Posts Tagged ‘Inflation’
Posted by hkarner - 15. März 2016
on March 14, 2016 RGE EconoMonitor
Government debt typically refers to nominal GDP, generally rising in postwar Oecd countries. Last crisis was an exception, firstly displaying in 2009 a nominal recession affecting 27 out of 34 countries. To understand reasons and implications, I evaluate in Table 2 for six Oecd countries (US, UK, Germany, France, Italy and Spain) how in last crisis the Debt-to-GDP components changed their weight with respect to previous 2000-07 evidence.
Table 1- Cumulated % Changes in the 2008-13 Crisis
The Deficit/GDP share almost doubles in the 2008-13 years in which the average Debt-to-GDP ratio, about constant before, rises more than 50% with respect to the 2000-07 data. Thus, the deficit contribution to the debt increase jumps from 47% to a massive 87% share.
Looking at annual episodes, the deficit weight is very large in 2002-3 when the debt ratio starts to increase after the 2001 events. However, it is only during the Great Recession that the deficit weight deeply rises because of expansionary policies, maintained until recovery is achieved. Den Rest des Beitrags lesen »
Posted in Artikel | Verschlagwortet mit: Debt, Fiorito, Inflation, Recession, RGE Monitor | Leave a Comment »
Posted by hkarner - 15. März 2016
Source: The Wall Street Journal
Economists disagree on whether a 2% goal is too high or too low, while some say adjusting it in either direction would hurt central banks’ credibility
FRANKFURT—Central bankers over the past two decades pursued 2% inflation
as a Goldilocks standard—neither too hot nor too cold. After years of undershooting in advanced economies, some economists now say that target should be adjusted.
Trouble is, they can’t agree whether it should be higher or lower.
One faction says ultralow inflation rates are the result of long-term economic trends like globalization and aging populations that are reducing prices everywhere and that central banks fight at their peril.
Another takes the opposite view, arguing the inflation target should be raised to help central bankers avoid their current fix: With interest rates at or near zero and inflation rates low, they can’t cut the real interest rate—after subtracting inflation—as far below zero as they would like to stimulate the economy. Den Rest des Beitrags lesen »
Posted in Artikel | Verschlagwortet mit: Central Banks, ECB, Inflation, Stimulus, WSJ | Leave a Comment »
Posted by hkarner - 7. März 2016
07.03.2016 | 18:26 | Josef Urschitz (Die Presse)
Österreich braut derzeit einen ziemlich giftigen Konjunkturmix.
Die EZB wird diese Woche noch ein paar (wahrscheinlich vergebliche) Verzweiflungsmaßnahmen setzen, um den Absturz der Eurozone in die Deflation zu verhindern. Weit ist dieses Szenario ja nicht mehr entfernt: Die Eurozonen-Inflationsrate betrug im Jänner gerade noch 0,3 Prozent. Österreich ist erfolgreicher: Bei uns war die Teuerung genau viermal so hoch. Besonders stark in den Bereichen Tourismus und Kulturdienstleistungen.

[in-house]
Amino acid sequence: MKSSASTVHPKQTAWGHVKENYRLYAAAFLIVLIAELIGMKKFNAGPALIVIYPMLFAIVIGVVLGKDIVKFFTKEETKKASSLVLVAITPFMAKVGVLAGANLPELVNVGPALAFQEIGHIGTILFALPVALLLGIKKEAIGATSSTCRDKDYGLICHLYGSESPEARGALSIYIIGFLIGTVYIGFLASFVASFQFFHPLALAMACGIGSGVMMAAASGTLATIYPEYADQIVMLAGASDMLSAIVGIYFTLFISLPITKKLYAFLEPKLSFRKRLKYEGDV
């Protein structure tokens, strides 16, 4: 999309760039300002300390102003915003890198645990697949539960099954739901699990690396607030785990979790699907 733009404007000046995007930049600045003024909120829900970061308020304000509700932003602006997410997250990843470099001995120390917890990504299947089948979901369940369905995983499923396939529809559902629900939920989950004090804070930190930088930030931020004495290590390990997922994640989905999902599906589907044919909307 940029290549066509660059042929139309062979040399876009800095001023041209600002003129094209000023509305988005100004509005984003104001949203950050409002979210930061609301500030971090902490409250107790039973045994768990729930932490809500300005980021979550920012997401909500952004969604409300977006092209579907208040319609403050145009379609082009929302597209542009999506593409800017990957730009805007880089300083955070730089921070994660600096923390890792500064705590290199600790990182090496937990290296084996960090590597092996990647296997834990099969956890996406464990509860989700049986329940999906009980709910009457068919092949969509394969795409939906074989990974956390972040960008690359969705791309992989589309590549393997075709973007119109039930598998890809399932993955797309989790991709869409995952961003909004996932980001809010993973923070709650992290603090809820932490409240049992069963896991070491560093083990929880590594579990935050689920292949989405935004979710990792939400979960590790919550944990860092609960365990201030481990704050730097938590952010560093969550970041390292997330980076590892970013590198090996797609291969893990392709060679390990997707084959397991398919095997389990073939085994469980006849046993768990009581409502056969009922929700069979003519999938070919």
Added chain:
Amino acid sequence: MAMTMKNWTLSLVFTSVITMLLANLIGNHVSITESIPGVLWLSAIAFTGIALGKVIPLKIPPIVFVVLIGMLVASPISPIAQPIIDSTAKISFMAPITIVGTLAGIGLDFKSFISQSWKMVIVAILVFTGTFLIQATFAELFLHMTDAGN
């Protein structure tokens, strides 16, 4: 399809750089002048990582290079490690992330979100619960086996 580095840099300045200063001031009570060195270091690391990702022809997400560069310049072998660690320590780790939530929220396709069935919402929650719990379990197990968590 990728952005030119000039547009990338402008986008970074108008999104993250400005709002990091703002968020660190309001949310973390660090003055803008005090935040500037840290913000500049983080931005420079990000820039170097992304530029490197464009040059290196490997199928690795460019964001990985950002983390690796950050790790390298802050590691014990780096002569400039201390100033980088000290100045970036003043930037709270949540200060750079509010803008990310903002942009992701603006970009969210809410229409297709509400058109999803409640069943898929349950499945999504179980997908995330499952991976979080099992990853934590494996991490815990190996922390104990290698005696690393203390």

Wie denn das? Das Wifo hat gleich eine Erklärung nachgeliefert: Die florierende Tourismusnachfrage habe für überproportionale Preissteigerungen in oben genannten Gruppen gesorgt. Nachfrageinduzierte Preissteigerungen – genau das, was die EZB so verzweifelt versucht, aber nicht und nicht zusammenbringt. Den Rest des Beitrags lesen »
Posted in Artikel | Verschlagwortet mit: Austria, ECB, Inflation, Presse, Stagflation, Urschitz | Leave a Comment »
Posted by hkarner - 4. März 2016
Kemal Derviş, former Minister of Economic Affairs of Turkey and former Administrator for the United Nations Development Program (UNDP), is a vice president of the Brookings Institution.
MAR 3, 2016, Project Syndicate
WASHINGTON, DC – “Out of ammo?” The Economist recently asked of monetary policymakers. Stephen Roach has called the move by major central banks – including the Bank of Japan, the European Central Bank, and the Bank of Sweden – to negative real (and, in some cases, even nominal) interest rates a “futile” effort that merely sets “the stage for the next crisis.” And, at the February G-20 finance ministers meeting, Bank of England Governor Mark Carney reportedly called these policies “ultimately a zero-sum game.” Have the major advanced economies’ central banks – which have borne the burden of sustaining anemic post-2008 recoveries – really run out of options?
It certainly seems so. Central-bank balance sheets have swelled, and policy rates have reached their “near zero” lower bounds. There is plenty of cheap water, it seems, but the horse refuses to drink. With no signs of inflation, and growth still tepid and fragile, many anticipate chronic slow growth, with some even fearing another global recession. Den Rest des Beitrags lesen »
Posted in Artikel | Verschlagwortet mit: Dervis, Helicopter Money, Inflation, Project Syndicate | Leave a Comment »
Posted by hkarner - 29. Februar 2016
STANDARD: Haben Sie sich zu Beginn Ihrer Karriere im Jahr 1973 vorstellen können, in einer Welt mit negativen Zinsen zu leben?
Coene: Nein, das habe ich nicht erwartet. Ich habe nicht einmal gedacht, dass so etwas überhaupt möglich ist.
STANDARD: Wodurch ist es möglich geworden?
Coene: Das ist ein Nebeneffekt der extrem niedrigen Inflation. Was soll man tun, wenn man bei null angekommen ist? Daher haben wir entschieden, mit den Zinsen in den negativen Bereich zu gehen. Die Banken horten viel Geld, das wir in der Wirtschaft sehen wollen. Daher drängen wir die Banken auf diese Weise, etwas mit dem Geld zu machen. Den Rest des Beitrags lesen »
Posted in Artikel | Verschlagwortet mit: Banken, Coene, ECB, Euro, Finanzkrise, Growth, Inflation, Regulieren, Standard | Leave a Comment »
Posted by hkarner - 6. Februar 2016
Adair Turner, a former chairman of the United Kingdom’s Financial Services Authority and former member of the UK’s Financial Policy Committee, is Chairman of the Institute for New Economic Thinking. His latest book is Between Debt and the Devil.
FEB 5, 2016, Project Syndicate
LONDON – Financial markets were surprised by the Bank of Japan’s recent introduction of negative interest rates on some commercial bank reserves. They shouldn’t have been. The BOJ clearly needed to take some new policy action to achieve its target of 2% inflation. But neither negative interest rates nor further expansion of the BOJ’s already huge program of quantitative easing (QE) will be sufficient to offset the strong deflationary forces that Japan now faces.